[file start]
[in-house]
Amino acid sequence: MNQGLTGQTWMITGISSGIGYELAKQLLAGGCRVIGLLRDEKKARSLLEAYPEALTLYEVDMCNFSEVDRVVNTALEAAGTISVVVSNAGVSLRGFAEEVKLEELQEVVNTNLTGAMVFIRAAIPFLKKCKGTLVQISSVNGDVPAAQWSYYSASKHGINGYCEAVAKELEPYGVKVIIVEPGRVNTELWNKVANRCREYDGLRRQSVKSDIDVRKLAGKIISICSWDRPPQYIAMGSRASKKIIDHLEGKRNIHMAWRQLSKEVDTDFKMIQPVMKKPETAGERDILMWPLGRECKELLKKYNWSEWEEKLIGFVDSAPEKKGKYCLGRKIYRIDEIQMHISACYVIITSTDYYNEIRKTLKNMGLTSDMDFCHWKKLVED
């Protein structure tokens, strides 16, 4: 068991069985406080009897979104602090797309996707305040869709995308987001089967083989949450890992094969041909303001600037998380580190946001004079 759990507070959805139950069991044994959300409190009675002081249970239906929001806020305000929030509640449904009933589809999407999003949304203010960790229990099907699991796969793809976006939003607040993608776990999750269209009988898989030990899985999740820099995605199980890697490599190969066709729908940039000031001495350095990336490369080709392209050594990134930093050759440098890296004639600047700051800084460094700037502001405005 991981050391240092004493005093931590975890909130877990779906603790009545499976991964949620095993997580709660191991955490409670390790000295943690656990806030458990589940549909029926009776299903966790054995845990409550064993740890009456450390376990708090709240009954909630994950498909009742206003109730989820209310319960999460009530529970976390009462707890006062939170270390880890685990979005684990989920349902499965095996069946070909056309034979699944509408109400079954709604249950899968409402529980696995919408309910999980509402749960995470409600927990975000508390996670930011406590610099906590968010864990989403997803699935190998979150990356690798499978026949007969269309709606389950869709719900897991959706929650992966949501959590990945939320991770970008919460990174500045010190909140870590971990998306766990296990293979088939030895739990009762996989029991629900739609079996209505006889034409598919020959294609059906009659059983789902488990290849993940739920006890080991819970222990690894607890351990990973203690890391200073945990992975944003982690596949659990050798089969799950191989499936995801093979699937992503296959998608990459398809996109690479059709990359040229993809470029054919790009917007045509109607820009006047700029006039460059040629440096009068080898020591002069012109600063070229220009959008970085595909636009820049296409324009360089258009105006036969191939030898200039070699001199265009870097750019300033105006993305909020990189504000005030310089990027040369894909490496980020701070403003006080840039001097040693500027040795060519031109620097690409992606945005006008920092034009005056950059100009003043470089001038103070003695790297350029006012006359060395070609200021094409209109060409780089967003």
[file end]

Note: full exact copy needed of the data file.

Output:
[in-house]
Amino acid sequence: MNQGLTGQTWMITGISSGIGYELAKQLLAGGCRVIGLLRDEKKARSLLEAYPEALTLYEVDMCNFSEVDRVVNTALEAAGTISVVVSNAGVSLRGFAEEVKLEELQEVVNTNLTGAMVFIRAAIPFLKKCKGTLVQISSVNGDVPAAQWSYYSASKHGINGYCEAVAKELEPYGVKVIIVEPGRVNTELWNKVANRCREYDGLRRQSVKSDIDVRKLAGKIISICSWDRPPQYIAMGSRASKKIIDHLEGKRNIHMAWRQLSKEVDTDFKMIQPVMKKPETAGERDILMWPLGRECKELLKKYNWSEWEEKLIGFVDSAPEKKGKYCLGRKIYRIDEIQMHISACYVIITSTDYYNEIRKTLKNMGLTSDMDFCHWKKLVED
């Protein structure tokens, strides 16, 4: 068991069985406080009897979104602090797309996707305040869709995308987001089967083989949450890992094969041909303001600037998380580190946001004079 759990507070959805139950069991044994959300409190009675002081249970239906929001806020305000929030509640449904009933589809999407999003949304203010960790229990099907699991796969793809976006939003607040993608776990999750269209009988898989030990899985999740820099995605199980890697490599190969066709729908940039000031001495350095990336490369080709392209050594990134930093050759440098890296004639600047700051800084460094700037502001405005 991981050391240092004493005093931590975890909130877990779906603790009545499976991964949620095993997580709660191991955490409670390790000295943690656990806030458990589940549909029926009776299903966790054995845990409550064993740890009456450390376990708090709240009954909630994950498909009742206003109730989820209310319960999460009530529970976390009462707890006062939170270390880890685990979005684990989920349902499965095996069946070909056309034979699944509408109400079954709604249950899968409402529980696995919408309910999980509402749960995470409600927990975000508390996670930011406590610099906590968010864990989403997803699935190998979150990356690798499978026949007969269309709606389950869709719900897991959706929650992966949501959590990945939320991770970008919460990174500045010190909140870590971990998306766990296990293979088939030895739990009762996989029991629900739609079996209505006889034409598919020959294609059906009659059983789902488990290849993940739920006890080991819970222990690894607890351990990973203690890391200073945990992975944003982690596949659990050798089969799950191989499936995801093979699937992503296959998608990459398809996109690479059709990359040229993809470029054919790009917007045509109607820009006047700029006039460059040629440096009068080898020591002069012109600063070229220009959008970085595909636009820049296409324009360089258009105006036969191939030898200039070699001199265009870097750019300033105006993305909020990189504000005030310089990027040369894909490496980020701070403003006080840039001097040693500027040795060519031109620097690409992606945005006008920092034009005056950059100009003043470089001038103070003695790297350029006012006359060395070609200021094409209109060409780089967003």